As Coe says, prescribed amounts of protein and carbohydrate can differ depending on the person’s sport and weight. This inevitably means diets differ, even within the same sport.

While professional athletes have nutritional advice prescribed to them and their physiological make-up examined in great detail, this probably isn’t something the average gym-goer will have access to. Which can lead to problems…

Choosing the right diet

Competitive endurance runner and sports dietitian, Alexandra Cook.

Alexandra Cook is a competitive endurance runner and sports dietitian. Rather than suggesting clients take on extreme diets that either focus on carbs or protein, she prefers a more balanced approach. “There’s a huge amount of misinformation out there. We’re in a world where there are a lot of influencers and people tend to look at what other people are doing and think, ‘if it’s worked for you, it’s going to work for me’”, she says.

Cook finds herself having to battle misinformation about certain diets – especially ones that are restrictive. “Some athletes – especially in the ultra-endurance world – do tend to go for this low-carb approach and it works for them, which is great. But then they say ‘when I’m up and running, I’ve never felt fitter’. That doesn’t mean it’s going to work for everybody else. I know for sure if I cut out carbohydrates, I probably wouldn’t be able to get out of bed, let alone run a 50-mile race.”

So Cook’s approach is to instead tweak the guidelines to the individual she’s working with, “so that it accounts for their sport or for personal reasons such as different tastes and requirements.”

This means no extremes of either protein or carbs.

This balanced approach is something Dr Newell agrees with. “If you want to be able to train consistently, it would be ridiculous to exclude any macro-nutrient, in my opinion. To put it simply, you need carbohydrates to sustain longer, high-intensity training, and you need protein to help recover from that and to replace amino acids you’ve lost. On top of that, you need a bit of fat in order to ensure you get an adequate number of calories in your diet.

“This isn’t particularly exciting or novel, it’s the Eatwell Guide advice. There’s a tendency for the newest-best-thing to be the diet you should be doing. But actually, there’s usually limited evidence behind whether they are attainable and have the results people think they do”, he concludes.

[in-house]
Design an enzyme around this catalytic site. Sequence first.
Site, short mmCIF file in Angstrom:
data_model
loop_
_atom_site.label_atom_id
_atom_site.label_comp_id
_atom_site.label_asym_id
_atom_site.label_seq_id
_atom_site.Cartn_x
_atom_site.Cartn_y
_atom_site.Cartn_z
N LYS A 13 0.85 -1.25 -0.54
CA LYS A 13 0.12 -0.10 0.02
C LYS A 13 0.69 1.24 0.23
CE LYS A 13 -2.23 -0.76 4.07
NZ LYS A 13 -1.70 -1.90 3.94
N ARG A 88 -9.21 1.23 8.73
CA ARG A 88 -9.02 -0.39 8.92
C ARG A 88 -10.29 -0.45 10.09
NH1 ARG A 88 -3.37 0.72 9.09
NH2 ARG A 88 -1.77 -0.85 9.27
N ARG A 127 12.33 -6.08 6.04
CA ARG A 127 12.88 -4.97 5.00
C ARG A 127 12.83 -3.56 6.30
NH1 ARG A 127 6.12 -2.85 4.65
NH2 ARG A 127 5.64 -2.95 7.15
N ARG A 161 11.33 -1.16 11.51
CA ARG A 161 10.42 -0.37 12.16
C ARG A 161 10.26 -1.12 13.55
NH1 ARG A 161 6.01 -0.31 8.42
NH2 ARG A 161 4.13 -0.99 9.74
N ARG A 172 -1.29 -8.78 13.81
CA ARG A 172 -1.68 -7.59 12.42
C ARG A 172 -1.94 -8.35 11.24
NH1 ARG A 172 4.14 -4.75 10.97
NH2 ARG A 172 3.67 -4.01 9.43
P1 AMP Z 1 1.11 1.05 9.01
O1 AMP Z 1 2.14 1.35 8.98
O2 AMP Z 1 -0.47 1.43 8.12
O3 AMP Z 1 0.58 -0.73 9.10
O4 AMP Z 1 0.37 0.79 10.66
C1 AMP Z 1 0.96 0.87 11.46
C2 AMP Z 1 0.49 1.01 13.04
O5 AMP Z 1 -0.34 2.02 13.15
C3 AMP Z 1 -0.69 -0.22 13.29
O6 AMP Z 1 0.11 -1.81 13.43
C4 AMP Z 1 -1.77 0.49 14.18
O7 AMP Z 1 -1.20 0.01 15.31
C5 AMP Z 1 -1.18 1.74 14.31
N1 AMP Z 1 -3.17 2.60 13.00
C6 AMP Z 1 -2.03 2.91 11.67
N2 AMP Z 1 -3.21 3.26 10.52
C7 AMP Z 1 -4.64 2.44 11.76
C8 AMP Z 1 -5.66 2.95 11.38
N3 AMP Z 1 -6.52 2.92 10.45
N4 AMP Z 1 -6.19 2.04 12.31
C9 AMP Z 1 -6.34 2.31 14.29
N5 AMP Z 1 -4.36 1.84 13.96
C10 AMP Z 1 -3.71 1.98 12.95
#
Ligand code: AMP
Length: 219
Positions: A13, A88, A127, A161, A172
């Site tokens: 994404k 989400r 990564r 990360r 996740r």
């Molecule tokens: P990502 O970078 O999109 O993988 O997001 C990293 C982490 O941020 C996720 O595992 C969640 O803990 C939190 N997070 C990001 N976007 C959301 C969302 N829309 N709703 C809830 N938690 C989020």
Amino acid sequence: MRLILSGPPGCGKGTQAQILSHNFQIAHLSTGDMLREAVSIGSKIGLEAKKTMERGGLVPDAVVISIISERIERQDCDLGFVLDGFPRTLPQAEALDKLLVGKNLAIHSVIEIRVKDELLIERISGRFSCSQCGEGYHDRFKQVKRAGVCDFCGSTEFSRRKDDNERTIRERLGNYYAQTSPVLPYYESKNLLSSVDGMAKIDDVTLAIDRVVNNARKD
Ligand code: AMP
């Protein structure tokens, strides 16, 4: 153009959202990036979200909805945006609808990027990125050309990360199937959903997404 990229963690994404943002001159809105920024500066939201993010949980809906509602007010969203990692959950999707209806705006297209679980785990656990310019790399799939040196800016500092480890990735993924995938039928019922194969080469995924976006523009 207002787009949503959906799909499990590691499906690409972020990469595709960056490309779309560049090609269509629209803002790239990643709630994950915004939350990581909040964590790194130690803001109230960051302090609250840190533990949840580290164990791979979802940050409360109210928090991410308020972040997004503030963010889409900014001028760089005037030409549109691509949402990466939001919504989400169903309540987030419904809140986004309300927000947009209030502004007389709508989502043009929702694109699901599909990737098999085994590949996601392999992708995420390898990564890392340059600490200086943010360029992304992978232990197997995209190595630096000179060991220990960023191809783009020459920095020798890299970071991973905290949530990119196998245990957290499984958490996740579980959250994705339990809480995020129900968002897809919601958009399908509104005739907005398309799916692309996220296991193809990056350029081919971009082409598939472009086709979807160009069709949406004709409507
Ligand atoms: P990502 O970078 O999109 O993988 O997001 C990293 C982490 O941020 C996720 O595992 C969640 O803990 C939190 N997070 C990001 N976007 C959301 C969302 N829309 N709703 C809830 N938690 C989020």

Do we really need lots of protein?

“Protein is a big sports nutrition product at the moment, so I encourage people to look at who’s pushing it and why. Of course, protein is a very important nutrient, it’s vital for helping us perform and get the best out of ourselves”, says Cook.

“It also helps us repair and recover. But currently people are being led to think they need an extortionate amount. The reality is, if we take on more protein than our body needs, we’ll just excrete it out.

The sports dietitian continues: “Recently I kept a food diary, just out of interest, to see how much I was consuming. Without thinking, I was eating enough protein. This is simply because most people who train regularly eat a greater volume of food overall, so most reach their protein requirements and more without even trying.

“If you have a portion of protein at each meal, and if you’re doing slightly higher training loads you get protein from snacks like nuts, peanut butter and milk, you’ll easily meet your protein requirements.”

Coe also emphasises this point: “It’s a myth that eating lots of extra protein equals bigger muscles. While protein supplements are popular among some gym-goers for muscle building, they are generally unnecessary as most active people can easily get enough protein from a healthy, varied diet, including high-quality, lean protein foods.”